Fonn and Sweeney advise that “it is especially sensible to prescribe SiHy contact lenses for patients who have greater oxygen demands and who need to wear thicker lenses.”2 Thicker lenses can significantly impact oxygen transmissibility.9
The Diec et al analysis supports that guidance. It explains that regardless of lens material preference, SiHy contact lenses should be considered “to prevent hypoxia-related complications with at-risk patients.”8
Longer wear time makes oxygen transmissibility even more important
Another factor influencing the choice of SiHy over Hy DD contact lenses is daily wear time.
In “A multi-country assessment of compliance with daily disposable contact lens wear” (Dumbleton et al, 2013)10, survey participants included eligible DD contact lens patients in Australia, Norway, the U.K. and the U.S.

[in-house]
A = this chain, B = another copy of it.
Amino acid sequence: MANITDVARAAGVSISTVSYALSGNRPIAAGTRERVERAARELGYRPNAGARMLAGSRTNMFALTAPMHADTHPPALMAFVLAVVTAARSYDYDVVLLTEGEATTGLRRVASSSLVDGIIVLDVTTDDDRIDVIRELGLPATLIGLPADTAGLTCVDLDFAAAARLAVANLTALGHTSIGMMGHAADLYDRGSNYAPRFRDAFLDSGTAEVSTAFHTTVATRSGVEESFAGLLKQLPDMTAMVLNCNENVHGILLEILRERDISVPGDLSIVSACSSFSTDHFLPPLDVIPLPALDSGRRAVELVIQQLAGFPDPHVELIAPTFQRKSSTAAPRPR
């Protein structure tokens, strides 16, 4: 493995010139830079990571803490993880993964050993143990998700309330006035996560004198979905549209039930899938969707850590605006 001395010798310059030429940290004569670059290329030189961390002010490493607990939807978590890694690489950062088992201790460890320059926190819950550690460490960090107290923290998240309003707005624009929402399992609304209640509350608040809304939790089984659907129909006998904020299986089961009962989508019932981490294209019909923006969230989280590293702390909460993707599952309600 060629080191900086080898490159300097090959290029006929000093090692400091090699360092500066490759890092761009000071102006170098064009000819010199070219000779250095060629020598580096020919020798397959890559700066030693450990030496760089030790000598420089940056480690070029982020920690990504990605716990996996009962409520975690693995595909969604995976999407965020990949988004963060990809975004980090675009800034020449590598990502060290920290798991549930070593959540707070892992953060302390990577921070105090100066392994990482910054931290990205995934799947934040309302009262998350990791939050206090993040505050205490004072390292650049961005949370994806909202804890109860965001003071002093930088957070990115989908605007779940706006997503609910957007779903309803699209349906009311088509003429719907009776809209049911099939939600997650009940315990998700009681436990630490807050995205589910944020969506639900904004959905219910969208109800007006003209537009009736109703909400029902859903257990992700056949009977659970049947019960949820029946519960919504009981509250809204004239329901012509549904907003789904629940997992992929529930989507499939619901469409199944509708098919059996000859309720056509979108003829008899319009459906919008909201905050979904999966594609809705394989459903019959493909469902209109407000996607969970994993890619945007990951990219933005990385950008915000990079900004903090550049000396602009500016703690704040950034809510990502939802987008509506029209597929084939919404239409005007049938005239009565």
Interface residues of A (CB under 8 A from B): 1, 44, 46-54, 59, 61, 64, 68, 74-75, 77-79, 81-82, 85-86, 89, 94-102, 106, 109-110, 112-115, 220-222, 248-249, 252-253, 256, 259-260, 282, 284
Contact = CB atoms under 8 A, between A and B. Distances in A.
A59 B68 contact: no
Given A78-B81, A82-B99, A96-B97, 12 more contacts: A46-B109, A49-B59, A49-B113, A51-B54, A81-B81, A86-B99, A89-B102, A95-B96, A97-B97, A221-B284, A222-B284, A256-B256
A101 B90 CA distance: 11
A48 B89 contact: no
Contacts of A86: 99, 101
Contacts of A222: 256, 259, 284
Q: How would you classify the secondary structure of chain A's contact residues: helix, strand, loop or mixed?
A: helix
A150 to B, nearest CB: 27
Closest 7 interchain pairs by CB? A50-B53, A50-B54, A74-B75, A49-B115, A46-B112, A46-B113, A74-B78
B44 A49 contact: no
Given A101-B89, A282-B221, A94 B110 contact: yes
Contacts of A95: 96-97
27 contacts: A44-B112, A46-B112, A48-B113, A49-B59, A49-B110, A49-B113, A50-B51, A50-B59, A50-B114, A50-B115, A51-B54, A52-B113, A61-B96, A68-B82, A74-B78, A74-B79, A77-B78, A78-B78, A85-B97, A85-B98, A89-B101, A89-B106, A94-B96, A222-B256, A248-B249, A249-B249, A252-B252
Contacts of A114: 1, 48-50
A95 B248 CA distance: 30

The findings10 include:
- 14 hours is the median daily wear time for 1 day contact lens patients across all four countries.
- U.S. 1 day lens wearers habitually wear their lenses for at least 15 hours per day and seven days per week.
These findings further support high Dk/t SiHy lenses as preferable to hydrogels in minimizing, if not eliminating the risks of corneal swelling, and other hypoxia-related consequences.
What about SiHy lens comfort? Isn’t that still a concern?
Early generation SiHy lenses failed to match hydrogel for comfort. That has changed. Today’s advanced SiHy lenses are now just as comfortable to wear as Hy8—without compromising the high oxygen transmissibility that made SiHy lenses a success.